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Karaoke-bot designed at UofT sings you a merry Christmas... sort of

Computer-vision program has amazing composition powers - and a few glitches.

Can you write a better Christmas carol about this photo than a robot?

Hang Chu via Vimeo

Can you write a better Christmas carol about this photo than a robot?

It’s the techno-idealists dream: A future where artificial intelligence is everywhere and robots listen to humans and speak back to us in a language we understand.

It’s not as far-fetched as it sounds. Thanks to a new AI project from three researchers at the University of Toronto, robots are learning the language of music.  

They built a bot that can look at a photo and compose a little song about it on the spot.  Here’s part of a carol it wrote about a picture of a Christmas tree:

The best Christmas present in the world is a blessing …
I’m glad to meet you
I can hear the music coming from the hall
A fairy tale
A Christmas tree
There are lots and lots and lots of flowers.

It’s no Mariah Carey-worthy hit, but it could almost pass for generic mall music — at least until the kooky tangent at the end.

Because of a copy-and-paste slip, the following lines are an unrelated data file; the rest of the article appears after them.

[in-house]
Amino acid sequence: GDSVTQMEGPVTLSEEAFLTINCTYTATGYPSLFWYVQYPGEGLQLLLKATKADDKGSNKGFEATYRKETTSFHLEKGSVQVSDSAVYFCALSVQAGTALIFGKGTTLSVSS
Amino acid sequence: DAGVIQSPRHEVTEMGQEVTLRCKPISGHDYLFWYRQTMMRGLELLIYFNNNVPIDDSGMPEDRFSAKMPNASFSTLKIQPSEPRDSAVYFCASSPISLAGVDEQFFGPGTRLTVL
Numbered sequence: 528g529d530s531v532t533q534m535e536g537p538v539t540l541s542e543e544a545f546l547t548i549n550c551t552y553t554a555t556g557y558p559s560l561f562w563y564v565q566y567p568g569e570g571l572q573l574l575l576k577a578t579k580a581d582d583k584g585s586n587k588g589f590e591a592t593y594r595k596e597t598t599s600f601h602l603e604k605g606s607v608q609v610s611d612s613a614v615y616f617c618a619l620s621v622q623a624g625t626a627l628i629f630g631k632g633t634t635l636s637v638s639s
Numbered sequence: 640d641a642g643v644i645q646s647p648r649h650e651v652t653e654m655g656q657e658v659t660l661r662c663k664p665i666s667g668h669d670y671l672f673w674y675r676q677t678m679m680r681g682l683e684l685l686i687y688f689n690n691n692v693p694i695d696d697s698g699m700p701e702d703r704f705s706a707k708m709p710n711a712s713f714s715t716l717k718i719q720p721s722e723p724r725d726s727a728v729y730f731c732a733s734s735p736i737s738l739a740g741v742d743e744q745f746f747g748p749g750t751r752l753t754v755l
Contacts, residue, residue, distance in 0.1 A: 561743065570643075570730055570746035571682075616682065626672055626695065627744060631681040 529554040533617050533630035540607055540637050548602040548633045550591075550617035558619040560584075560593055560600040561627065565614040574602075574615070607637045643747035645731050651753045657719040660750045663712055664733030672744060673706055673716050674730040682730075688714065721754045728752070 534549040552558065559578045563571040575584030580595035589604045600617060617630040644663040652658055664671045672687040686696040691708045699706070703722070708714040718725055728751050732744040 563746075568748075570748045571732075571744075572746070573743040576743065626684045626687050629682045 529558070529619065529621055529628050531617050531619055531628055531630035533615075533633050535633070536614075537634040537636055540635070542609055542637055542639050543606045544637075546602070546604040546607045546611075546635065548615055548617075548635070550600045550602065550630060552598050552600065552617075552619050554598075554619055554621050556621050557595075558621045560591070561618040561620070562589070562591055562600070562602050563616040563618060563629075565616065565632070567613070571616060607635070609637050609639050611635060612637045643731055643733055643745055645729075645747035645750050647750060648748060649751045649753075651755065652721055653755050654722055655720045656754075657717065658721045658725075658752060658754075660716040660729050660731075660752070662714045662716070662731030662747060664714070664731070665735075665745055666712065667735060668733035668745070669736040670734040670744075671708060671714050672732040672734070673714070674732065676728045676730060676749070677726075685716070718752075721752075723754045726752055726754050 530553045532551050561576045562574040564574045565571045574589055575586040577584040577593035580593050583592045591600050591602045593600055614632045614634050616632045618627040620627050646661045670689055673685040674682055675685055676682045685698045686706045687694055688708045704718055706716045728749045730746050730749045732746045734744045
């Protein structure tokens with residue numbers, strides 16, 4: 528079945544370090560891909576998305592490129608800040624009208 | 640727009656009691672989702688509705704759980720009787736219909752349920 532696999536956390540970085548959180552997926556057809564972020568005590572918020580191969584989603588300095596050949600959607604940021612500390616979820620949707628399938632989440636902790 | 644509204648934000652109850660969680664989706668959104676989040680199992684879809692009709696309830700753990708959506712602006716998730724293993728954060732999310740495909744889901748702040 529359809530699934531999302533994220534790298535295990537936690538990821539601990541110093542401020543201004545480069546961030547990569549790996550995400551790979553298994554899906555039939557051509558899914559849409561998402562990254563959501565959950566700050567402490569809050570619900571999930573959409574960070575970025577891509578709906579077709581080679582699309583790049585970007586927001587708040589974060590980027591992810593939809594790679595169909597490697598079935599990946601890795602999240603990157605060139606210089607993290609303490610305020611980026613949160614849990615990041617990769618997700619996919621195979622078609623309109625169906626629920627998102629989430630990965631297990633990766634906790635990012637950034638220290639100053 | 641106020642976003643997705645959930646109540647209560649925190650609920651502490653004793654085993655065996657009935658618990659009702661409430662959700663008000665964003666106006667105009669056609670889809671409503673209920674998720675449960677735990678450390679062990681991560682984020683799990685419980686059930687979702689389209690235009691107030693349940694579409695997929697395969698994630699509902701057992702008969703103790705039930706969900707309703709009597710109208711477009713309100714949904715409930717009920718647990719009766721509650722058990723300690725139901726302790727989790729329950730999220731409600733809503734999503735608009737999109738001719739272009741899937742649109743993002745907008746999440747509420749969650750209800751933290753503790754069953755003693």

The bot analyzed melodies and lyrics from pop songs and video games, along with a collection of photos and their captions, said Sanja Fidler, a UofT machine learning professor and one author of a forthcoming paper on the subject.

Using complex algorithms, it then taught itself to match visual cues in the photos with words, and, in a second step, set those words to music.

Fidler was quick to explain the program is a prototype. “I don’t think it sounds particularly awesome,” she said. (It should be said: There are no flowers in the photo).

The project builds on an earlier bot that can look at a picture of a beach, a mountain or the like and generate lyrics about it in the style of Taylor Swift.

In a month or so, Fidler’s team — which also includes computer science professor Raquel Urtasun and grad student Hang Chu, the lead author of the paper — hopes to release a browser-based demo. Anyone will be able to upload a photo and have the bot sing a song about it.

One day you might be able to feed a robot a photo of a special moment and have it compose a ballad for your beloved on the spot. And the karaoke machine of the future might make up songs as well as sing them.

“Everyone can be an artist,” Fidler said.

But as of today, the bot would flunk a Turing test: There’s no mistaking it for a human composer.

“Music conveys your emotions. You cannot get that from a machine,” Fidler said.  “We’re always hoping for that level of performance, but we aren’t there yet.”

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